Factors Affecting Distribution of Population: Population Change – Class 8

The pattern of population distribution refers to how people are distributed across the earth’s surface. More than 90% of the world’s population lives on less than 10% of the planet’s land surface. The world’s population distribution is exceedingly unequal. In this blog, we will understand the factors affecting the distribution of population.

Geographical Factors

Topography: People always prefer to live on plains rather than mountains and plateaus because these areas are suitable for farming, manufacturing, and service activities. The Ganga plains are the most densely populated areas of the world while mountains like Andes, Alps, and the Himalayas are sparsely populated.

Climate: Climate is one of the many factors affecting the distribution of population. People usually avoid extreme climates that are very hot or very cold like the Sahara desert, polar regions of Russia, Canada, and Antarctica.

Soil: Fertile soils provide suitable land for agriculture. Fertile plains such as Ganga and Brahmaputra in India, Hwang-He, Chang Jiang in China and the Nile in Egypt are densely populated.

Water: People prefer to live in areas where freshwater is easily available. The river valleys of the world are densely populated while deserts have spare population.

Minerals: Areas with mineral deposits are more populated. Diamond mines of South Africa and the discovery of oil in the Middle East lead to the settling of people in these areas. Let us learn about other factors affecting the distribution of population.

Social, Cultural, and Economic Factors

Social: Areas of better housing, education, and health facilities are more densely populated e.g., Pune.

Cultural: Places with religion or cultural significance attract people. Varanasi, Jerusalem, and Vatican city are some examples.

Economic: Industrial areas provide employment opportunities. A large number of people are attracted to these areas. Osaka in Japan and Mumbai in India are two densely populated areas.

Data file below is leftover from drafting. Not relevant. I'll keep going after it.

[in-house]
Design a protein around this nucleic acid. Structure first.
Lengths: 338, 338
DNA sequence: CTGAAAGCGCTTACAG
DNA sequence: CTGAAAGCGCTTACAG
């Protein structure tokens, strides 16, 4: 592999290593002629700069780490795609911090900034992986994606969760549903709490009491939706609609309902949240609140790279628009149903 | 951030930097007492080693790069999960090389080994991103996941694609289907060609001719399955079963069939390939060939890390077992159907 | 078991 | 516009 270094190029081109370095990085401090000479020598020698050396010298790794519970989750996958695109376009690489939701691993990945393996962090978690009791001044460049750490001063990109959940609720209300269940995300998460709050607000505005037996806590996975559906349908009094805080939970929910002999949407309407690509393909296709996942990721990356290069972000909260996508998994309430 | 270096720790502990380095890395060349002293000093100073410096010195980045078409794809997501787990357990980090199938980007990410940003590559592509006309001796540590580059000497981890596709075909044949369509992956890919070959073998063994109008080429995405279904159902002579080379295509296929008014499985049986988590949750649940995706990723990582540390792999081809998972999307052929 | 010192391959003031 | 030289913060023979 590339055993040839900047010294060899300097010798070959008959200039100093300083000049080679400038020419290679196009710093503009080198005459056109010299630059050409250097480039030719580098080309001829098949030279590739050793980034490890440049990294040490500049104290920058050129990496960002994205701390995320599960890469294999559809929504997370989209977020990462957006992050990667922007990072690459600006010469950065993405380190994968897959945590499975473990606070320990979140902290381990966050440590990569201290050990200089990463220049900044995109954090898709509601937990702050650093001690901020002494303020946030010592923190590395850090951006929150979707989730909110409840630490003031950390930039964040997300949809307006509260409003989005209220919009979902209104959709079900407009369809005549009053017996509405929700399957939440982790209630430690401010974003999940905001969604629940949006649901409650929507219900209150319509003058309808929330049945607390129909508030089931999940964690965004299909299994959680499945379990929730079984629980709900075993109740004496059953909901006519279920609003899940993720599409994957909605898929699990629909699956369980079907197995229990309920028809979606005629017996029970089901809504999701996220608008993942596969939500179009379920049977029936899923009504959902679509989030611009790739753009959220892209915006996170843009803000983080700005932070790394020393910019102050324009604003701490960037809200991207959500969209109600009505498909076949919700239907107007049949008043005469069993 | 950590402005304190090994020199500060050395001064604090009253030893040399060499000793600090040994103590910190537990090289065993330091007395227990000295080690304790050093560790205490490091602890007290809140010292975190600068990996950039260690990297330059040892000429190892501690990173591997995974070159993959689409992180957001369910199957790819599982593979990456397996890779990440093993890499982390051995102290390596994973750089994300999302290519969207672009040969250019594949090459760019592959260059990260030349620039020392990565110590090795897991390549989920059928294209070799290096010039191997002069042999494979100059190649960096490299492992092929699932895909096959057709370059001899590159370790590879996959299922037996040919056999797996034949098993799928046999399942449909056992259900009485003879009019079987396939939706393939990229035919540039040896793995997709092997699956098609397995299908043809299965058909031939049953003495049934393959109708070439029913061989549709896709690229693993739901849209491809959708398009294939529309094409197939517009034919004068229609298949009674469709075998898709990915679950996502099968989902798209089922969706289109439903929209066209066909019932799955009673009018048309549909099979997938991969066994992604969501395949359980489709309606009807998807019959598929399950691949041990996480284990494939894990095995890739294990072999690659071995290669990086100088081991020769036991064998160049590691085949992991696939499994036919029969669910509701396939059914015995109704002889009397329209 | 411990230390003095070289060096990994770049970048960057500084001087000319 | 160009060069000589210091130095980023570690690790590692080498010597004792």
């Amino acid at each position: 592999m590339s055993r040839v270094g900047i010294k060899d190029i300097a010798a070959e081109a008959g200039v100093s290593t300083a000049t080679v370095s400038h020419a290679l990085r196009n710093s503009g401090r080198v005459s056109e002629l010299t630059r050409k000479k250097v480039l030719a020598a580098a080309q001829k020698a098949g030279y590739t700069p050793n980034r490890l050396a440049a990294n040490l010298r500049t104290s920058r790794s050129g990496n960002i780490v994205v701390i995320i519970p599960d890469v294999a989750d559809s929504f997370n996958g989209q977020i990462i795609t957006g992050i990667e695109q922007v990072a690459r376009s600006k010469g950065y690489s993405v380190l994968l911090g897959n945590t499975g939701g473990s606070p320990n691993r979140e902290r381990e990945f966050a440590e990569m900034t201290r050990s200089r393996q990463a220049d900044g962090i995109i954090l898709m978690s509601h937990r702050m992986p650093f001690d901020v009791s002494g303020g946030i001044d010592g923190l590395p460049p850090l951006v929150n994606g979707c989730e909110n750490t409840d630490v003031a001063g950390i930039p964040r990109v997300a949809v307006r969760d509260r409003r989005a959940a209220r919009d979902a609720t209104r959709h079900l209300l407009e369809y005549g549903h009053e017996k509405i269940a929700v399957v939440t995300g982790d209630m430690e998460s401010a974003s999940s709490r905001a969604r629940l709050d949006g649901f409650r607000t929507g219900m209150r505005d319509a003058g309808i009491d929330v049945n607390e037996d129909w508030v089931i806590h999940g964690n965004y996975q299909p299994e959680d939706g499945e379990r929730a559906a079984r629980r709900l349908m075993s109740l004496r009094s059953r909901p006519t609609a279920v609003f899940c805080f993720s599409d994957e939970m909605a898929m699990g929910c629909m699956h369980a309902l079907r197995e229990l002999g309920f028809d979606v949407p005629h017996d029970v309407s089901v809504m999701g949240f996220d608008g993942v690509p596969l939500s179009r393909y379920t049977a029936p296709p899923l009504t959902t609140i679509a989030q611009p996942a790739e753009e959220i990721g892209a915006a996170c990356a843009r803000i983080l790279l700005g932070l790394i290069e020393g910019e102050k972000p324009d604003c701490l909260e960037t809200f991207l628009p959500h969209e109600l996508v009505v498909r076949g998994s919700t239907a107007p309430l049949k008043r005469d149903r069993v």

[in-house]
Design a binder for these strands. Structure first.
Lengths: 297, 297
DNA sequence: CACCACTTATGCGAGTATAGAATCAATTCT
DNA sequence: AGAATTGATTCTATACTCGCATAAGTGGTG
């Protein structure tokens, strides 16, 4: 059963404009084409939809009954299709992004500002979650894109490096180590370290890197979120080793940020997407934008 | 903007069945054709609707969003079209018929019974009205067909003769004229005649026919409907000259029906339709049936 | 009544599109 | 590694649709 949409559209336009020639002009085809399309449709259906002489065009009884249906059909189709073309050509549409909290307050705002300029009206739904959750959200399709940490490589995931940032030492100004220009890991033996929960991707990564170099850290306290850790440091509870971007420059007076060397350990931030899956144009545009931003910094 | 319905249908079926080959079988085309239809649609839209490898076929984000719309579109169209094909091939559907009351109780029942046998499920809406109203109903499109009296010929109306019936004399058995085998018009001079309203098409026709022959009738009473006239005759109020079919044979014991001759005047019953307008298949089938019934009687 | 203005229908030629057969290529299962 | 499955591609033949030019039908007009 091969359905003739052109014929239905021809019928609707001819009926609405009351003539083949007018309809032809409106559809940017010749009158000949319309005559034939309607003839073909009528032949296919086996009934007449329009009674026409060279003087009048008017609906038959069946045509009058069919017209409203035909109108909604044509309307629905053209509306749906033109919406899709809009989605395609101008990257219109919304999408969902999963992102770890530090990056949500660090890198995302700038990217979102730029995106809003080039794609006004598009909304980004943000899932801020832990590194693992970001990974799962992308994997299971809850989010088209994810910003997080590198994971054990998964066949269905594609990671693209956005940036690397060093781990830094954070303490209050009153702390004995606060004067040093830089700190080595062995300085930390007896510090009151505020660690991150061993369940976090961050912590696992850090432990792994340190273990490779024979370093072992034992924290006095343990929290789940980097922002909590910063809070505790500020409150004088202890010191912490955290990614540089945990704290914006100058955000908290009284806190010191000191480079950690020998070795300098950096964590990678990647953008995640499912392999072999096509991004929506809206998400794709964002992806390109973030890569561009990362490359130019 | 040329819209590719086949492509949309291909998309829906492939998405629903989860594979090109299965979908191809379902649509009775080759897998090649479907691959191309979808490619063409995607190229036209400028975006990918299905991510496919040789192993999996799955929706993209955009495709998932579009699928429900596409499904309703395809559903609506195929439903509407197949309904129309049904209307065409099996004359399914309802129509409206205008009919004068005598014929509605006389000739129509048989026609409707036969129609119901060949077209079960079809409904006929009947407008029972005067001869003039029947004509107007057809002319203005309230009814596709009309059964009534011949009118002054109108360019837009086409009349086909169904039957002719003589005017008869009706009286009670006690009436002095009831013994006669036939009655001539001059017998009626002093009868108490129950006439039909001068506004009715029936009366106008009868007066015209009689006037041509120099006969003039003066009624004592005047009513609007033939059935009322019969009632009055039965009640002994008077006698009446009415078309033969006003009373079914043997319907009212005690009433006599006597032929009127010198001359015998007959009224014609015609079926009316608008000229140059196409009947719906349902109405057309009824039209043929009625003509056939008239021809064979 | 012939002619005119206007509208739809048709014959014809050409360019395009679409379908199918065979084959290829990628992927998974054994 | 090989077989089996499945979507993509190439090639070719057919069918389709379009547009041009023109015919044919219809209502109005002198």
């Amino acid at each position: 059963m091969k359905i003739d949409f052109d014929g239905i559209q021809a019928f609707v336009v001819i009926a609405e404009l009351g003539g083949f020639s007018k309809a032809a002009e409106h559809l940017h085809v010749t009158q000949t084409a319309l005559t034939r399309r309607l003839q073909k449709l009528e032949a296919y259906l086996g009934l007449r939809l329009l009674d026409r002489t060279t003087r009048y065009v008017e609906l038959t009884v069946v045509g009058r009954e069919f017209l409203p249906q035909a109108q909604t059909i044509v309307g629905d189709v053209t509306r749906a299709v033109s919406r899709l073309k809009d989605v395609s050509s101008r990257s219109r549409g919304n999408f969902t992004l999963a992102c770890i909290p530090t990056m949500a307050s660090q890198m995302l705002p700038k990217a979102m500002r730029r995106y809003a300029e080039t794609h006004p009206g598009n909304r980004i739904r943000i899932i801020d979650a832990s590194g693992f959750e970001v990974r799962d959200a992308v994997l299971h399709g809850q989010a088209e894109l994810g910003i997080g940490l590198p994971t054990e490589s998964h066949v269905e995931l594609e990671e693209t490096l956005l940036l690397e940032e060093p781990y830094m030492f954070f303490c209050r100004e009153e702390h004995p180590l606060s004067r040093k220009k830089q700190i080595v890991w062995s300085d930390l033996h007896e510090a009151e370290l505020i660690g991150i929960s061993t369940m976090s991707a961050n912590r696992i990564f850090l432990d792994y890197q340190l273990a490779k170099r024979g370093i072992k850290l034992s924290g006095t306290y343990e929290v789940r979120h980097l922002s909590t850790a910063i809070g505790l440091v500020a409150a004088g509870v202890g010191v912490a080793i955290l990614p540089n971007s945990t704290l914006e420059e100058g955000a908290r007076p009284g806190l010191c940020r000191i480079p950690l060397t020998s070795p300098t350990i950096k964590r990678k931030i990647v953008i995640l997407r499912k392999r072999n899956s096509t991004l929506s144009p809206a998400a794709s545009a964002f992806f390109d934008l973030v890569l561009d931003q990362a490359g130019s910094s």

Population change refers to a change in the number of people during a specific time. The world population has not been stable. It has increased manifold but why? This is actually due to changes in the number of births and deaths. For an extremely long period of human history, until the 1800s, the world’s population grew steadily but slowly.

Large numbers of babies were born, but they died early too. This was as there were no proper health facilities. Sufficient food was not available for all the people. Farmers were not able to produce enough to meet the food requirements of all the people. As a result the total increase in population
was very low.

In 1820, the world’s population reached one billion. A hundred and fifty years later, in the early 1970s, the world’s population reached 3 billion. This is often called population explosion. In 1999, less than 30 years later, the population doubled to 6 billion. The main reason for this growth was that with better food supplies and medicine, deaths were reduced, while the number of births still remained fairly high.

Births are usually measured using the birth rate i.e. the number of live births per 1,000 people. Deaths are usually measured using the death rate i.e. the number of deaths per 1,000 people. Migrations is the movement of people in and out of an area.

Births and deaths are the natural causes of population change. The difference between the birth rate and the death rate of a country is called the natural growth rate. The population increase in the world is mainly due to the rapid increase in the natural growth rate. Migration is another way by which population size changes. People may move within a country or between countries. Emigrants are people who leave a country.

Immigrants are those who arrive in a country. Countries like the United States of America and Australia have gained in numbers by in-migration or immigration. Sudan is an example of a country that has experienced a loss in population numbers due to out-migration or emigration.

The general trend of international migrations is from the less developed nations to the more developed nations in search of better employment opportunities. Within countries, a large number of people may move from rural to urban areas in search of employment, education, and health facilities.

Read More: Population Distribution: Population Density & Population Change Pattern

Open chat